Late last week, Brandel Chamblee did a column for Golf.com, handing out grades for the 2013 golf season. Of Woods, he writes:
Tiger Woods: When I was in the fourth grade, I cheated on a math test and when I got the paper back it had “100″ written at the top and just below the grade, was this quote, “Oh, what a tangled web we weave when first we practice to deceive!” It was an oft-quoted line from the epic poem “Marmion” by Sir Walter Scott, and my teacher’s message was clear. Written once more beneath that quote was my grade of “100″, but this time with a line drawn through it and beneath that an F. I never did ask my teacher how she knew I cheated and I certainly didn’t protest the grade. I knew I had done the wrong thing and my teacher the right, but I never forgot the way I felt when I read that quote.
I remember when we only talked about Tiger’s golf. I miss those days. He won five times and contended in majors and won the Vardon Trophy and … how shall we say this … was a little cavalier with the rules.*
Chamblee then gave himself a F for being inaccurate with his picks for the majors. However he added, “But at least I earned this one honestly.” Clearly, it was another jab at Woods.
It should be noted Woods was the 14th golfer listed in the column. However, Golf.com used his F in the headline and there was a picture of Woods with a red-circled F.
Naturally, Woods’ camp was irate. Last Friday afternoon, Woods’ agent, Mark Steinberg, even threatened a lawsuit in an interview with ESPN.com’s Bob Harig.
“There’s nothing you can call a golfer worse than a cheater,” Steinberg said. “This is the most deplorable thing I have seen. I’m not one for hyperbole, but this is absolutely disgusting. Calling him a cheater? I’ll be shocked, stunned if something is not done about this. Something has to be done.
“There are certainly things that just don’t go without response. It’s atrocious. I’m not sure if there isn’t legal action to be taken. I have to give some thought to legal action.”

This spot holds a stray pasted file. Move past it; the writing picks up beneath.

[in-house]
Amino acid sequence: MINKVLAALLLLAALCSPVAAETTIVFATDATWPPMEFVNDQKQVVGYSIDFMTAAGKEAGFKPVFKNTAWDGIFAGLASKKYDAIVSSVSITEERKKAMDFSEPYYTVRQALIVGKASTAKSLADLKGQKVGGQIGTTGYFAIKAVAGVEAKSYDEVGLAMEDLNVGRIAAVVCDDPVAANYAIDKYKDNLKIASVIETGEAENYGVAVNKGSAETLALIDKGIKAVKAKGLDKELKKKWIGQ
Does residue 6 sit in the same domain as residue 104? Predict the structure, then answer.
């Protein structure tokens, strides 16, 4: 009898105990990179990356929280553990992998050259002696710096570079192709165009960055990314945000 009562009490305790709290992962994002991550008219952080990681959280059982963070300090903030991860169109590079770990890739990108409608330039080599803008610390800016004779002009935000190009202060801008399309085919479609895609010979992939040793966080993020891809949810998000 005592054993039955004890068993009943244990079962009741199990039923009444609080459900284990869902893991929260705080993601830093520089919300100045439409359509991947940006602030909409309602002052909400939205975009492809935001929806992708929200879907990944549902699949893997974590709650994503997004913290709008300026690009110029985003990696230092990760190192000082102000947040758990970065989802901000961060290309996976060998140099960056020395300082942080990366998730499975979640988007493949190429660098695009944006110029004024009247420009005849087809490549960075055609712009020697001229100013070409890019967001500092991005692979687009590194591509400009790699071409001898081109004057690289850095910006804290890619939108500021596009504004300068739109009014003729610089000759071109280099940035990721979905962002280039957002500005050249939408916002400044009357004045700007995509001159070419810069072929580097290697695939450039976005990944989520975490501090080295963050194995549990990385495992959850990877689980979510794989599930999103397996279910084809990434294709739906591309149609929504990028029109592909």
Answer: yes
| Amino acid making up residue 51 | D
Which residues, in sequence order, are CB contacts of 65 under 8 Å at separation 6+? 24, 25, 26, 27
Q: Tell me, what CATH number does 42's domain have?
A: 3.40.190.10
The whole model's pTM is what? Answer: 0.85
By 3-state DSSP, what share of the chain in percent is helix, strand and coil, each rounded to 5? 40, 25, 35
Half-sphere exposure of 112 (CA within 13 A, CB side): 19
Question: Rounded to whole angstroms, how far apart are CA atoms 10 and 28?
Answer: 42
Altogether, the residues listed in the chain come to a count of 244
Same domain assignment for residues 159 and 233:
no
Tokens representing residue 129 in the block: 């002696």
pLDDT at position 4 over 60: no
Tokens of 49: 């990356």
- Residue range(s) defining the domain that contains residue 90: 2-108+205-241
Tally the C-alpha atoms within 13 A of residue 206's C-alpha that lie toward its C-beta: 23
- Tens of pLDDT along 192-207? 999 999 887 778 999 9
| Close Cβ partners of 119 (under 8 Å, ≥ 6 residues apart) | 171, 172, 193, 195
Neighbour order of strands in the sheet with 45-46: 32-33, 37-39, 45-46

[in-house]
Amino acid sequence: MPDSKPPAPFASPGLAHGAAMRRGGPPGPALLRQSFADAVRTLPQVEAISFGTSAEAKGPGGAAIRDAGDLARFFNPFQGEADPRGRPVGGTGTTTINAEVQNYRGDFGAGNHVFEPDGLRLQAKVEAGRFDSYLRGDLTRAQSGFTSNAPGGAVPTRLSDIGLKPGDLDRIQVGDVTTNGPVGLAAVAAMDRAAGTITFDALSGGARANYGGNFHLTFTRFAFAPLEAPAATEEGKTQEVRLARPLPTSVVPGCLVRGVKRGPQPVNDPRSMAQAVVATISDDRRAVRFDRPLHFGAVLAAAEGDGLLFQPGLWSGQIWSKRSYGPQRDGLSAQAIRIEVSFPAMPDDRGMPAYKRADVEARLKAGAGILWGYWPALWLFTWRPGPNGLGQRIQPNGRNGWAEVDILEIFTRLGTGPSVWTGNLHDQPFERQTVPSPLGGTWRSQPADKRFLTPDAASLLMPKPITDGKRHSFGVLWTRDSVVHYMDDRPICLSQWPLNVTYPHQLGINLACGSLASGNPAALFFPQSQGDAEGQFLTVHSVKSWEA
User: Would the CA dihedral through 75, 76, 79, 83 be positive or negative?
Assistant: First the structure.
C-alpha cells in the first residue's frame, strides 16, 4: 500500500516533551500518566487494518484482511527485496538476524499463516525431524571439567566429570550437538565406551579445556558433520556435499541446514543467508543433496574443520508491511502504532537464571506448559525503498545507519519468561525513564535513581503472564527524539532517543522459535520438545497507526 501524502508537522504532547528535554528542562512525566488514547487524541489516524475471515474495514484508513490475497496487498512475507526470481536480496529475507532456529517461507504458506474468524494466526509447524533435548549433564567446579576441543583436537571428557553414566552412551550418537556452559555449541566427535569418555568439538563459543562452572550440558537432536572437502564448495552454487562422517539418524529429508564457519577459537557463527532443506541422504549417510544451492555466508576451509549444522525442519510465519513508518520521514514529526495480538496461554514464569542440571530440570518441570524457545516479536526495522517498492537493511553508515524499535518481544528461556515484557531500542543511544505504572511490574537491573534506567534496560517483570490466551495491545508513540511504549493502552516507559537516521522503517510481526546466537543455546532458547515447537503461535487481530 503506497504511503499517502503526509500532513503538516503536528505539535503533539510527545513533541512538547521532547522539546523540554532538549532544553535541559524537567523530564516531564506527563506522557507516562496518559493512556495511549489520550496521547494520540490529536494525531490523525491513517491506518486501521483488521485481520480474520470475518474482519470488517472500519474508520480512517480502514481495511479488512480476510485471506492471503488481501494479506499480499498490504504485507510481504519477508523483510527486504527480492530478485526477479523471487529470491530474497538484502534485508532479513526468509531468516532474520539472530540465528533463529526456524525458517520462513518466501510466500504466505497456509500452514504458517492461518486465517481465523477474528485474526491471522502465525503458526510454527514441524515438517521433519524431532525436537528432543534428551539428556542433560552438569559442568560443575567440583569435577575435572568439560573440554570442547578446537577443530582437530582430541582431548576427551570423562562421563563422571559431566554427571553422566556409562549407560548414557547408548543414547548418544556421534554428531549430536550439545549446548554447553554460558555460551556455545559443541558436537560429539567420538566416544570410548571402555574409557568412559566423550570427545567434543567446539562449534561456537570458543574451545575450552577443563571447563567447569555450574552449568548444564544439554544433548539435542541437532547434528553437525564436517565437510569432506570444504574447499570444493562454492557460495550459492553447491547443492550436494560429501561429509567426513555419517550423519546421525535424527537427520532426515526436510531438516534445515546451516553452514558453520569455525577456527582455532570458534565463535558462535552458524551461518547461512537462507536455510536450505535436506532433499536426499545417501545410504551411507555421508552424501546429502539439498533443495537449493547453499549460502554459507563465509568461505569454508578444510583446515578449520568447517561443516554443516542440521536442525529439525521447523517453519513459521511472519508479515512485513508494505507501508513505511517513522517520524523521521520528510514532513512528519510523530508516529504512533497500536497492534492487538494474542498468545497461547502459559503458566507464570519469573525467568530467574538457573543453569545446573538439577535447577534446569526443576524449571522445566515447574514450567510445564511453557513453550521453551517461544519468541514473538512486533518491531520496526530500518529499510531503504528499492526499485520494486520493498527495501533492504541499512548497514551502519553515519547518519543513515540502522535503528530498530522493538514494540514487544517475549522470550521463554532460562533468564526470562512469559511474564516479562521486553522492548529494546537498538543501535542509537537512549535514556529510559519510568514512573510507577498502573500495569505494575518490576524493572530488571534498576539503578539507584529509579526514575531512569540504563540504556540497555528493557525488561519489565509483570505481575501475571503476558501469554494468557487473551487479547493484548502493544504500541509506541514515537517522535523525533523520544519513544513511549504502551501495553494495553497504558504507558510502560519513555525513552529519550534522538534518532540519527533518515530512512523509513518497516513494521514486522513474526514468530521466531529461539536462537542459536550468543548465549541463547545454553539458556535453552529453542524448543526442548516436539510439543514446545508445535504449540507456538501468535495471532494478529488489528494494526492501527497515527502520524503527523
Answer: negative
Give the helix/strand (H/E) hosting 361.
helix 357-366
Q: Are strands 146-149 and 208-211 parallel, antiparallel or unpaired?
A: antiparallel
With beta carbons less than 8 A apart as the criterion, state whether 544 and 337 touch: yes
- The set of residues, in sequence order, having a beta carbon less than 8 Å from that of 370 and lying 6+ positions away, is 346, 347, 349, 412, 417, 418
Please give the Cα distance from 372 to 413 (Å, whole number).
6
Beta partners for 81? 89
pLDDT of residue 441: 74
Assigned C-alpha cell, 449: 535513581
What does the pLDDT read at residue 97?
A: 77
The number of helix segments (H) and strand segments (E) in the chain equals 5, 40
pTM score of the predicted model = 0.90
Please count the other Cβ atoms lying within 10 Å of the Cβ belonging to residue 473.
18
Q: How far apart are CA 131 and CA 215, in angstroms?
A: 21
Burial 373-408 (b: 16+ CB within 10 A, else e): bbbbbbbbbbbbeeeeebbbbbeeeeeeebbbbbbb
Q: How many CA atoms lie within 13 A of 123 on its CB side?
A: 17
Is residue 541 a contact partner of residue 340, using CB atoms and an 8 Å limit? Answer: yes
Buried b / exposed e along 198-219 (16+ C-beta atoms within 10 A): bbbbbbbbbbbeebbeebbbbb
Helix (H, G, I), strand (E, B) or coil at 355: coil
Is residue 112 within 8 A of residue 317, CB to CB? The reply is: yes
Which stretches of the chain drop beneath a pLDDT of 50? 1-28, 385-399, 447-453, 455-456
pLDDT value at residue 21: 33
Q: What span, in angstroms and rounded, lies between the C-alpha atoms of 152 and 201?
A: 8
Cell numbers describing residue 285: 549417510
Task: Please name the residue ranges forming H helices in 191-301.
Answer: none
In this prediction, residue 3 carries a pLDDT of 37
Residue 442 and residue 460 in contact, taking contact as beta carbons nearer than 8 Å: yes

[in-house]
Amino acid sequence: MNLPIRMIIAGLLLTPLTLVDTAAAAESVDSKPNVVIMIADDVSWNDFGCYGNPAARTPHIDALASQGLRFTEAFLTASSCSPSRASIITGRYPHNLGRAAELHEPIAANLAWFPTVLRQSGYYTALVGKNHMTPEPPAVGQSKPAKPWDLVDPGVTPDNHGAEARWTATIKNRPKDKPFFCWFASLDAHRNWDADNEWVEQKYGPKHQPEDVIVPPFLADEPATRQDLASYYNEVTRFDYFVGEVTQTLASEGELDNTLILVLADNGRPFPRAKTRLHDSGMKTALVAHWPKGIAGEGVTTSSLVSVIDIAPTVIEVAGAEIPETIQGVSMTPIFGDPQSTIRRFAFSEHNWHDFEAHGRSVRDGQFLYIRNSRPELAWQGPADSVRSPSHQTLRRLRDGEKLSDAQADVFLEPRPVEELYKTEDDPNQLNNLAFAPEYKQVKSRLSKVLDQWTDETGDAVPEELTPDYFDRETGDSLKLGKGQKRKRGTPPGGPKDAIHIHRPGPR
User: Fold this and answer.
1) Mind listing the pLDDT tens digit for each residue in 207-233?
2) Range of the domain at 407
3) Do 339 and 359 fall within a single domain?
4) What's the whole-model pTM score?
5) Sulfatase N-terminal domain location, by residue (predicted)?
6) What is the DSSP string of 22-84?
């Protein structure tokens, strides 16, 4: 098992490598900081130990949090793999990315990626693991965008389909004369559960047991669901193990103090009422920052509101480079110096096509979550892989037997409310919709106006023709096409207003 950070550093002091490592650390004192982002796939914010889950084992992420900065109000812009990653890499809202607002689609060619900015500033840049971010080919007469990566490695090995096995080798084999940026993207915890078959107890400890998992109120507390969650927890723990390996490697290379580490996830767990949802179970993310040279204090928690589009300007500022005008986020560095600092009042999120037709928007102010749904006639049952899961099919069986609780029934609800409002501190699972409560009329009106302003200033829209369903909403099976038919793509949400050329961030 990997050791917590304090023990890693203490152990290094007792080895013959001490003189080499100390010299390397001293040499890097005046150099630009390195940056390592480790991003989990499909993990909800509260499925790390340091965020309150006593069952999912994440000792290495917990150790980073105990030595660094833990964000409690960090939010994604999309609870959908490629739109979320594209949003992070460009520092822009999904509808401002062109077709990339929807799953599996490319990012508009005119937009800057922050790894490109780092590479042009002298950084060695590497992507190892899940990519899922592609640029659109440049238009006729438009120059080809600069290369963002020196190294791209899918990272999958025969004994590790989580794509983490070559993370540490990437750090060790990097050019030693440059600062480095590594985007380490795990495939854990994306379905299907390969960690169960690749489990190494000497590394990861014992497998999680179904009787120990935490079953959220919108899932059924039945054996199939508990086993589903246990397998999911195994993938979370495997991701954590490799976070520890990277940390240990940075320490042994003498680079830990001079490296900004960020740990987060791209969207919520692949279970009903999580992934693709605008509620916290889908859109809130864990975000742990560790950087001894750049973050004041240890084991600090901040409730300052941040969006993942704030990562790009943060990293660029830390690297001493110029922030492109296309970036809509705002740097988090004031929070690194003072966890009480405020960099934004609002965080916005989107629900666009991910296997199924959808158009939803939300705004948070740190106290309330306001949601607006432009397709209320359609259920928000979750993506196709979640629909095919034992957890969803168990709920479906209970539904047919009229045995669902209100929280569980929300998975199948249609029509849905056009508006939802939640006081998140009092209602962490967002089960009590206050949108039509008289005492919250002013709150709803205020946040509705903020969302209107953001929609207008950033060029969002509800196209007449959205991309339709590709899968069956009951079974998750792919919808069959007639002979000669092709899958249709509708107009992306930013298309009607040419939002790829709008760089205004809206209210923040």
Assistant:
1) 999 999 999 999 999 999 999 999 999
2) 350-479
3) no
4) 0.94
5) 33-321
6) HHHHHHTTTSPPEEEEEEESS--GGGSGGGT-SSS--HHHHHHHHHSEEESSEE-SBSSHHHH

Geoff Shackelford tries to imagine a Wood v Chamblee trial.
I’m not sure about the legal recourse here. Defamation of character? Woods probably doesn’t want to go there, given all the doors that likely would open in his personal life.
Woods, though, will be looking to get even, and that could put the Golf Channel in the line of fire. There’s not much he can do to get back at Golf.com. The magazine and site weren’t getting any exclusive interviews anyway.
Woods, though, does appear regularly on interviews during tournaments with the Golf Channel. Chamblee’s main work is with the Golf Channel.
I wouldn’t rule out the possibility that Woods might pull an interview boycott with the Golf Channel–at least at the events where Chamblee is on site as an analyst, which are quite a few. It would be a way for the Woods camp to make Chamblee feel the heat.
Remember Woods is wired much like Michael Jordan. Jordan stopped talking to the Sports Illustrated in 1994 when a cover story made fun of his attempt to play baseball.
As much as I like Chamblee, he went over the line here. If he wanted to label Woods a “golf cheat,” he should have devoted his entire column to the subject and not at the end of his piece.
Chamblee knows the ramification of labeling someone as a cheater, the worst allegation possible in the honorable sport.
Alex Myers of GolfDigest.com writes:
While it’s impossible to argue Chamblee’s assertion that Woods “was a little cavalier with the rules,” labeling him a cheater is an enormous leap to make, especially with someone whose every move is followed by millions of people. Besides, would a guy who is perceived to have cheated on purpose get voted Player of the Year by his peers over strong candidates?
It’ll be interesting to see where the story goes from here. Will Chamblee issue “a clarification” on his comments? Surely, there are some phone calls being made.